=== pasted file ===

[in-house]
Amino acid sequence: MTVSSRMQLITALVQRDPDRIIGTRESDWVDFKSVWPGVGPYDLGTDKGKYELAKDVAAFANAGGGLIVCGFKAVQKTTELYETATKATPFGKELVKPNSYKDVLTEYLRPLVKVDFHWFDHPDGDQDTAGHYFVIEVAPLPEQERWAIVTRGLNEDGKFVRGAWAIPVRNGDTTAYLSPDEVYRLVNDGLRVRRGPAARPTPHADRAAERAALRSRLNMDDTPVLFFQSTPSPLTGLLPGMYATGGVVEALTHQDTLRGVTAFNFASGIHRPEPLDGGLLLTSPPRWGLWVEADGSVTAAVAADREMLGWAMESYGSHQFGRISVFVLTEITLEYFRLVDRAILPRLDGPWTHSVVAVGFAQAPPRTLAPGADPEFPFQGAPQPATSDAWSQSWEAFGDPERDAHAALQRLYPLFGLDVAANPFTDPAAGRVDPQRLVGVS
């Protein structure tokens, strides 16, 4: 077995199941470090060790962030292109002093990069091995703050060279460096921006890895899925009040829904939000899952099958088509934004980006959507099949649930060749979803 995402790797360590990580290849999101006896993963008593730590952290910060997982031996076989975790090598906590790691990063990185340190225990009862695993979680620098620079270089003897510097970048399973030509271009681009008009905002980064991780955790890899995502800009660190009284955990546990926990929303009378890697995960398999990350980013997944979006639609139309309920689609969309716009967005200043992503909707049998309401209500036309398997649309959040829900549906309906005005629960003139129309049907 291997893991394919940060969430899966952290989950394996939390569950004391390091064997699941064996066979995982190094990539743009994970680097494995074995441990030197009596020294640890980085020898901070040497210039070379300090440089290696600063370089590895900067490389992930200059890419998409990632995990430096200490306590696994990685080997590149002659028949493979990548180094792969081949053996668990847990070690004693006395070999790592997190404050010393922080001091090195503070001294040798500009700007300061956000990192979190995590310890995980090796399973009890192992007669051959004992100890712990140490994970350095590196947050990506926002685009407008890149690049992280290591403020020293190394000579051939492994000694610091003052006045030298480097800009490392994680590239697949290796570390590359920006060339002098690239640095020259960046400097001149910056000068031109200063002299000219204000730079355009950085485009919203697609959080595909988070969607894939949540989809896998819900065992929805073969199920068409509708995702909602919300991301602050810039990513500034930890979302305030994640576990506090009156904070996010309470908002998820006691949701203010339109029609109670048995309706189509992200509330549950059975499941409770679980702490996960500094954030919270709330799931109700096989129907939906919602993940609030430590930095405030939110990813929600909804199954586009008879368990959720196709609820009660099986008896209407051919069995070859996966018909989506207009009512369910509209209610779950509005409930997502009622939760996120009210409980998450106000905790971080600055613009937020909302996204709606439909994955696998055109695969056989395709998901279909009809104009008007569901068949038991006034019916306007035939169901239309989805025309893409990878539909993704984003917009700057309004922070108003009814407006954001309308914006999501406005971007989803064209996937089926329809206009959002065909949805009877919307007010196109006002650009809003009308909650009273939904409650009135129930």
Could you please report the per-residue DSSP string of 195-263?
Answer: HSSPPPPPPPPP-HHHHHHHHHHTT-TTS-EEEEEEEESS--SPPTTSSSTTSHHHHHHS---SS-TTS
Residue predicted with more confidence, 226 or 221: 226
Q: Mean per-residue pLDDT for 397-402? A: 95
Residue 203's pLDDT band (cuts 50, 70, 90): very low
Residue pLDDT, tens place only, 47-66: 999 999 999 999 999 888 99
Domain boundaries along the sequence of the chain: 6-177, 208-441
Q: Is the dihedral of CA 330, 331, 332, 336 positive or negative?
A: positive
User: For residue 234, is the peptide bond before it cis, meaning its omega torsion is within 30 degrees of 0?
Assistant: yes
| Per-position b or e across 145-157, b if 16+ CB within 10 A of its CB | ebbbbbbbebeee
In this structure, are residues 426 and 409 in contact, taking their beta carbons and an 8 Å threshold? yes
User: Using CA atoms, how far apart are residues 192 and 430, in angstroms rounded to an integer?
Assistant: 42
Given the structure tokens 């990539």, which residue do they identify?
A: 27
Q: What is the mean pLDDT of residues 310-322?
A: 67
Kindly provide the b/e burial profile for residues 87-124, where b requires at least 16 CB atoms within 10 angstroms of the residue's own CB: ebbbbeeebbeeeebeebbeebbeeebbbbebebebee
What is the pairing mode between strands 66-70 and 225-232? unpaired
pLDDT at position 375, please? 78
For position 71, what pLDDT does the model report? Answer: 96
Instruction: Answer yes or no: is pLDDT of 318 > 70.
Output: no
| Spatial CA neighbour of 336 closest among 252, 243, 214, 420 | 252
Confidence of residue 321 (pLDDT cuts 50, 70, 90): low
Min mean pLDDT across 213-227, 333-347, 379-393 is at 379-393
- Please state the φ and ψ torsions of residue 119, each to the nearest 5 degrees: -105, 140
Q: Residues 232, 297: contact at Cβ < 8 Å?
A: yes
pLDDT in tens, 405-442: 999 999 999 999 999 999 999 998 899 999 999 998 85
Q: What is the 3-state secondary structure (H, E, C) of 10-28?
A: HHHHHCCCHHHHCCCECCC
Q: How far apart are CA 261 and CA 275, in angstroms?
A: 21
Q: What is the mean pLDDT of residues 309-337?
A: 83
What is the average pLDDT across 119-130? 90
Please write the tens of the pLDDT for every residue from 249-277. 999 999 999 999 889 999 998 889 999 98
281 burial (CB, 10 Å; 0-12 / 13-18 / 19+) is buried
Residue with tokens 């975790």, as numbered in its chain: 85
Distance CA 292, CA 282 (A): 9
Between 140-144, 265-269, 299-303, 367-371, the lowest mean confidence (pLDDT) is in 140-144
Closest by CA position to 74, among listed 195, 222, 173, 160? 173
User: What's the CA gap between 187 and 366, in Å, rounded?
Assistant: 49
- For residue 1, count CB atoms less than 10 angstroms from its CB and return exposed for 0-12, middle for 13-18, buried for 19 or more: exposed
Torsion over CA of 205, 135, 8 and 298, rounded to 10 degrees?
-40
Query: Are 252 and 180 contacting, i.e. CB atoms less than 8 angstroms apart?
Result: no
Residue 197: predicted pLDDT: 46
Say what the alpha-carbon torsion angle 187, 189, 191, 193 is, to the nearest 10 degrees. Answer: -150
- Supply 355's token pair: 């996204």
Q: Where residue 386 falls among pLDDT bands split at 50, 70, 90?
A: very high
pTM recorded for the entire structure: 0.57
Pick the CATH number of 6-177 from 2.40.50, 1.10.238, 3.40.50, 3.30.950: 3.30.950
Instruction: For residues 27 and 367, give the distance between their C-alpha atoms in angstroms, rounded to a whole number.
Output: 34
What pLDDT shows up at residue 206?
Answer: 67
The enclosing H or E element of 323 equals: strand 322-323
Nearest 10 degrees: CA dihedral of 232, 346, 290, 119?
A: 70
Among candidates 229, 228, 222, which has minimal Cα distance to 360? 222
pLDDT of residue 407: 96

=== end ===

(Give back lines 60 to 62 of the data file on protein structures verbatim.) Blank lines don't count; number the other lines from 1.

A: very high
pTM recorded for the entire structure: 0.57
Pick the CATH number of 6-177 from 2.40.50, 1.10.238, 3.40.50, 3.30.950: 3.30.950